How Do You React When Things Don’t Go The Way You Want?

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Friday, 9.23pm

Sheffield, U.K.

It took 10 months for me to learn to tie a lace; I must have howled with rage and frustration. But one day I could tie my laces. That no one can take from you. I profoundly distrust the pedagogy of ease. – George Steiner

I’m on the third chapter of Alain de Botton’s The consolations of philosophy and this is about frustration.

The basic problem with life is that every once a while what we wish for is blocked by reality.

You really wanted that promotion, but someone else got it.

Or you wanted to get those tickets but they were sold out.

When this kind of stuff happens some people get angry.

It’s a natural response to being frustrated, they argue. If you don’t respond like that then you’re emotionally shut down – not in touch with your feelings – a robot.

de Botton draws on the Roman philosopher Seneca whose advice pretty much comes down to shit happens – so expect it to happen and then you won’t be surprised when it does happen.

Bad things can happen – in fact every bad thing that could happen to you could happen pretty much in the next minute.

So, prepare yourself and be ready for whatever might happen.

And then you won’t feel so bad?

Hmmm. Not sure about that last bit.

Seneca went through his share of troubles – he was exiled, brought back and finally ordered to kill himself by his former student, the Emperor Nero – and he did so – without falling apart.

The thing is, when you look at Seneca’s approach to dealing with frustration it really only applies to things that frustrate you – things that affect only you.

If you’re passed over, if you’re swindled out of a commission, if people use you and then discard you – then yes you can choose to be stoic and calm about it all.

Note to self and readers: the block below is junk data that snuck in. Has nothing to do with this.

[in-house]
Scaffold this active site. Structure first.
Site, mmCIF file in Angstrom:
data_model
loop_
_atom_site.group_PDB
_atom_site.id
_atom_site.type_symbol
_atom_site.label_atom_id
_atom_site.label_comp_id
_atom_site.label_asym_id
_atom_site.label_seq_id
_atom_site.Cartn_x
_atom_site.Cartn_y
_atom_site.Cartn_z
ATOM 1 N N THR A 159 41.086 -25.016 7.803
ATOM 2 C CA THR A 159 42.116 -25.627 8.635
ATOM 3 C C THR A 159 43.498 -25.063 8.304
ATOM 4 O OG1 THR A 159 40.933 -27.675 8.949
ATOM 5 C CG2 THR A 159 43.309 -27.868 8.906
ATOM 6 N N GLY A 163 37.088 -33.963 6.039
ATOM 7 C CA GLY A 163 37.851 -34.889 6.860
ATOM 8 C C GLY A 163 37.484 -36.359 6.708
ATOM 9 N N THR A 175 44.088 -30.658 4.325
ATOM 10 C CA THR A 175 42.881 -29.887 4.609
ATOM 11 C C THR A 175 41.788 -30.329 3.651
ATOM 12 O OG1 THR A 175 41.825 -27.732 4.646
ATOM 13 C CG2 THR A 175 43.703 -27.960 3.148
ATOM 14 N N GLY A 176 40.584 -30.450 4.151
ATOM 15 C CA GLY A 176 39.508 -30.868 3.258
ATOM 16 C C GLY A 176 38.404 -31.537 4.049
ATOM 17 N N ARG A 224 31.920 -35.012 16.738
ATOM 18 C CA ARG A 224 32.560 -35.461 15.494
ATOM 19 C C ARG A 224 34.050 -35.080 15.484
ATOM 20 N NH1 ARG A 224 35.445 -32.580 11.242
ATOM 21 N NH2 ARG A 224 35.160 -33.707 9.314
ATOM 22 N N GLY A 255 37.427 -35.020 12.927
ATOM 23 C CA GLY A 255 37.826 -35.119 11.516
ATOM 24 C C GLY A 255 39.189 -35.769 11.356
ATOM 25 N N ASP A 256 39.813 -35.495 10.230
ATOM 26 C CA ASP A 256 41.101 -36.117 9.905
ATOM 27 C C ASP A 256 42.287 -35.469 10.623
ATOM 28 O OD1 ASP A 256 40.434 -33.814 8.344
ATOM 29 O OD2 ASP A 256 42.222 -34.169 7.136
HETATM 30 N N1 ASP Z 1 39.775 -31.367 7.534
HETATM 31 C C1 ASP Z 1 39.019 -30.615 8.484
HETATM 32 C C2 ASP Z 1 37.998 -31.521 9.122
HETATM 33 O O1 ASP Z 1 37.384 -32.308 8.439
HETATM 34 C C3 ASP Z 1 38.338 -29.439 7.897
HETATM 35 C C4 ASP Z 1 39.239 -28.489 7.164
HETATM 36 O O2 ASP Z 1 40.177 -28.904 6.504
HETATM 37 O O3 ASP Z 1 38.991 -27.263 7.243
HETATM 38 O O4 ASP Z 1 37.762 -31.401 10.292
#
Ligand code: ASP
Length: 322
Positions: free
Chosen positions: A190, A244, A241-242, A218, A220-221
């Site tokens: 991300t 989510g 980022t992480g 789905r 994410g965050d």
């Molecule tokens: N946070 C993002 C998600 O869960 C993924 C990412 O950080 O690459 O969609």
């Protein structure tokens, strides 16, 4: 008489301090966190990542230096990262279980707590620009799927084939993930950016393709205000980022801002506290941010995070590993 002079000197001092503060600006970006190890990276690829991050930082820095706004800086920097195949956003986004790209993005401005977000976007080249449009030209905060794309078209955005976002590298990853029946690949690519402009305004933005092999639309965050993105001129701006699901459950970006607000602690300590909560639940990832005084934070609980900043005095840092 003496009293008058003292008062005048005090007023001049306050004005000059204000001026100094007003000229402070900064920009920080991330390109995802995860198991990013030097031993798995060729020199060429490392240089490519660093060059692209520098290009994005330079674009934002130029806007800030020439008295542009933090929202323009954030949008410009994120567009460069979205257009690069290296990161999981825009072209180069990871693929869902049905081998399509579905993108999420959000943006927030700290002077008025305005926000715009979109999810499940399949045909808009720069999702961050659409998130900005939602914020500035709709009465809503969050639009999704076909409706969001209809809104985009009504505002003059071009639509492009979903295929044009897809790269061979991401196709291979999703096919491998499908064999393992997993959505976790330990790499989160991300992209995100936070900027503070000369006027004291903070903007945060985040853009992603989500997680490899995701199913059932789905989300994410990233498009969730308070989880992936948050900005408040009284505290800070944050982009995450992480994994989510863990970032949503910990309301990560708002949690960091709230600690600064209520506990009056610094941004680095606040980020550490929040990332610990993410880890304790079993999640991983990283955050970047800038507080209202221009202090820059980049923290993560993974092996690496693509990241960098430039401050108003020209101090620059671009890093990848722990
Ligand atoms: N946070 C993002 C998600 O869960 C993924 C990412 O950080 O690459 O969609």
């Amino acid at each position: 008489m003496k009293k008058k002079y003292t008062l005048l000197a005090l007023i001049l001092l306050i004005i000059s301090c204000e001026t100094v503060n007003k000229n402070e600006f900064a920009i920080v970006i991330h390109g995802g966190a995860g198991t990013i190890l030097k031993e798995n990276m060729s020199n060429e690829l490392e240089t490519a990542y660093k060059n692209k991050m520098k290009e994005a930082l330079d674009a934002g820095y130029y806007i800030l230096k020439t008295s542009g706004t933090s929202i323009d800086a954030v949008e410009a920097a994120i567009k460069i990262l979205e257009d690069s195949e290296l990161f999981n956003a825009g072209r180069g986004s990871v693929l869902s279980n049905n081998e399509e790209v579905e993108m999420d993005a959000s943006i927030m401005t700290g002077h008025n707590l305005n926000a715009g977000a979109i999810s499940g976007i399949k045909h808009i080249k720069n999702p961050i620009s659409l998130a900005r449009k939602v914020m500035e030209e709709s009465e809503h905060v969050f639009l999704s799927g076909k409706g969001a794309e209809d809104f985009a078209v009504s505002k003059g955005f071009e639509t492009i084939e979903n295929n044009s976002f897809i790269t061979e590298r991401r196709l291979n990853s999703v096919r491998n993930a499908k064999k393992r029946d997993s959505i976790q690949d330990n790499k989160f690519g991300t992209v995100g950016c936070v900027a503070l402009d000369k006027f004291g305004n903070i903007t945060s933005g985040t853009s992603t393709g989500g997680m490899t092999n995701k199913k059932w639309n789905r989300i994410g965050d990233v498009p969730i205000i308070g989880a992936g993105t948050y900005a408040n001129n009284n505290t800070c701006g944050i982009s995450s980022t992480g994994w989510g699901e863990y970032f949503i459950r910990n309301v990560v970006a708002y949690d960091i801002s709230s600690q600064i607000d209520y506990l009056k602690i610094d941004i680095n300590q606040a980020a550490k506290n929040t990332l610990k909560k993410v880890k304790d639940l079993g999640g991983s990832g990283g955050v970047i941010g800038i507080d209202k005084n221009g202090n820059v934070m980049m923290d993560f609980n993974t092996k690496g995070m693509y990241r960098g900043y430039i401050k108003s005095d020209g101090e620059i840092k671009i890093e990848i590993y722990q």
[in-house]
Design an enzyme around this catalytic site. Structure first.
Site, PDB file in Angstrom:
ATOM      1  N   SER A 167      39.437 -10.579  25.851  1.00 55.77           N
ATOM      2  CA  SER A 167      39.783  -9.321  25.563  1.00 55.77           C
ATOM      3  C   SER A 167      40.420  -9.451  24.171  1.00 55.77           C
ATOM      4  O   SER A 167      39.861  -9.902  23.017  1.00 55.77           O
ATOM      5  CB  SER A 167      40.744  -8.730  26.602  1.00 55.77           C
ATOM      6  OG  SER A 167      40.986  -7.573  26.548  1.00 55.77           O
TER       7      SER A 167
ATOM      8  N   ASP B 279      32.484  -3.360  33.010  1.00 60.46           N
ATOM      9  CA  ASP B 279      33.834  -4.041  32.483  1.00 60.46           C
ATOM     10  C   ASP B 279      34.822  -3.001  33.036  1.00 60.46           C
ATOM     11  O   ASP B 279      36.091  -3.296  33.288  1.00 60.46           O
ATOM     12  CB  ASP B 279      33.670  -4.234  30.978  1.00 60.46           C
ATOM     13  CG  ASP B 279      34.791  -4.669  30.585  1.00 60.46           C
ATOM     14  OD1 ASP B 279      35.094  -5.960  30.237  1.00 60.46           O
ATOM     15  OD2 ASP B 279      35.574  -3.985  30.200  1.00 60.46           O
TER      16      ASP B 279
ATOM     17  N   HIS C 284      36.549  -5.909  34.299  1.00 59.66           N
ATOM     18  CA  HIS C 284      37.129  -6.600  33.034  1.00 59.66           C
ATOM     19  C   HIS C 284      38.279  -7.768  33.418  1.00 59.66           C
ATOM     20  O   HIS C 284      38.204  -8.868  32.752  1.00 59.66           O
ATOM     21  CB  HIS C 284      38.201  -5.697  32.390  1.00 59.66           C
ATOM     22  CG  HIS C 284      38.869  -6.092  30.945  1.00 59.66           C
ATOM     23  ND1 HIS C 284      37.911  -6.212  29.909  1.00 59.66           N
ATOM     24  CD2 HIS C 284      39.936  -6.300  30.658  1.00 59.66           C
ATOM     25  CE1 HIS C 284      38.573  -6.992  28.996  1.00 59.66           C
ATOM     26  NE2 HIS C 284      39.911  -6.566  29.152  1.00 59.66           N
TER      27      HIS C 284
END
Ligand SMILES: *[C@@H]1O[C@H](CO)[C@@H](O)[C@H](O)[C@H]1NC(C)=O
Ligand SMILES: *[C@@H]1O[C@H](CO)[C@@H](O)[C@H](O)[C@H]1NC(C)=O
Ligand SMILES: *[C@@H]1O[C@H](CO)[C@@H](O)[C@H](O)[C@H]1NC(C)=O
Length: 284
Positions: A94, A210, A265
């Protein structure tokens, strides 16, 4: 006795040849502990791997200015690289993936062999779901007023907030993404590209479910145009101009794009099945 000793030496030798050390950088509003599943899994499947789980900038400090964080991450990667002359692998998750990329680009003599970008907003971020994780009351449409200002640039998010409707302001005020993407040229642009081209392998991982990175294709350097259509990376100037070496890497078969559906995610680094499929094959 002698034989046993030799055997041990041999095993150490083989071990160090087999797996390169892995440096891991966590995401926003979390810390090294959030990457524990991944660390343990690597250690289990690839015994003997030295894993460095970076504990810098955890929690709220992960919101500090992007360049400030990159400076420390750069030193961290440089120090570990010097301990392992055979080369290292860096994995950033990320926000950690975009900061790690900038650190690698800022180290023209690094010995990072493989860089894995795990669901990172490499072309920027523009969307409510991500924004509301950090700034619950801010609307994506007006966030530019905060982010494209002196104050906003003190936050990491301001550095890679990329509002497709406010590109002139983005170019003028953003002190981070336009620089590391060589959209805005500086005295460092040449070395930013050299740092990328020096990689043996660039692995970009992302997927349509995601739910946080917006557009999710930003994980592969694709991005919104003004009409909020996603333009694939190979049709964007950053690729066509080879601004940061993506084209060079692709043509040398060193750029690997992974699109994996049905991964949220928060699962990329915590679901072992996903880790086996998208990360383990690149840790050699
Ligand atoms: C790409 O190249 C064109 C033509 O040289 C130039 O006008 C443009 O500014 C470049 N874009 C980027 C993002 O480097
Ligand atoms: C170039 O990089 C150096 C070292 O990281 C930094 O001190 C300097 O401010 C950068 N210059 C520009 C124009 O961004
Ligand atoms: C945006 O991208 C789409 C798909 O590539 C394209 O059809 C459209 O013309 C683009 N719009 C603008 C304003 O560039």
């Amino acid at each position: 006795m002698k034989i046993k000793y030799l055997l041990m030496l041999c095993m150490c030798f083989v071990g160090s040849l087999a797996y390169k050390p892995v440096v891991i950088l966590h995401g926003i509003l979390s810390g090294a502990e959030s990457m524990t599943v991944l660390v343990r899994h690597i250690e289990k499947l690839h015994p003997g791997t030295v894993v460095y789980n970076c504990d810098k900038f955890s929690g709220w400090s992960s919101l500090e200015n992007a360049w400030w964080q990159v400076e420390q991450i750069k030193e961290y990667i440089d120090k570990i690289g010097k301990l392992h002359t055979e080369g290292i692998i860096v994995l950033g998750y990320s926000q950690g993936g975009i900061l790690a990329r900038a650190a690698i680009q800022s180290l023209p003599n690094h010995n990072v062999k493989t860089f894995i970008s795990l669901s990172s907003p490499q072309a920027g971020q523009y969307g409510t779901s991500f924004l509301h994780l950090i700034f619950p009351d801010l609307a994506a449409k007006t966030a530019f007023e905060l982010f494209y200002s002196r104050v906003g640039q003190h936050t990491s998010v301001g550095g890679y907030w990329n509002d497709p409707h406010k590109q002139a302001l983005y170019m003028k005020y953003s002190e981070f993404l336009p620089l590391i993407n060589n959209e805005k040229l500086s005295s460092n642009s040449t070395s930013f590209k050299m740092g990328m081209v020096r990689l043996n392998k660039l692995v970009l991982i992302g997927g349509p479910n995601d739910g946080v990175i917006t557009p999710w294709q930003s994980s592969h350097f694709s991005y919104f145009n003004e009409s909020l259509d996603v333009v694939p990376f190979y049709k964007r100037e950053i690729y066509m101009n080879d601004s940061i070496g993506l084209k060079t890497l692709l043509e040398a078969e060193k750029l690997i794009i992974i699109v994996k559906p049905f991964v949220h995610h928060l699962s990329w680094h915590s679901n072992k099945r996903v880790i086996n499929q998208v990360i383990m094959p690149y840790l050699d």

But then there are times when you can be calm and very angry at the same time.

And those times are when, I suppose, you are in a situation where other people have absolute power over you and your family and your people.

The next chapter of de Botton’s book, which I think I will skip writing about, talks about what happened to the Native American population in the 1500s.

They were seen as non-human by the invading Spanish – and butchered and treated worse than animals – 70 million died out of a population of 80 million.

This might seem like a long time ago – but you have to then remember the history of slavery a few hundred years later.

And the guillotine and the inquisition were still there in the East in the last century.

Should the Indians and the slaves have just taken this stoically – accepted that bad things happen to them and their families and got on with living – or more often, dying?

How would you react?

But then, coming back to something approaching normality – you have frustrations that can be overcome – like building a bridge or inventing new things.

Being too stoic and accepting of everything might also mean that you never grow or learn or push yourself.

So, perhaps here’s a conclusion from the essay.

Most things are small things – don’t sweat the small stuff.

Many things can be overcome – don’t give up too soon.

But what’s not in the essay is when frustration should be absorbed and used and redirected.

Sometimes you should work to make change happen – and anger can drive you to do that – especially when things are unfair.

And sometimes you should go with the flow – accept reality and live the best you can.

As always – the approach you take depends on the situation you’re in.

Cheers,

Karthik Suresh

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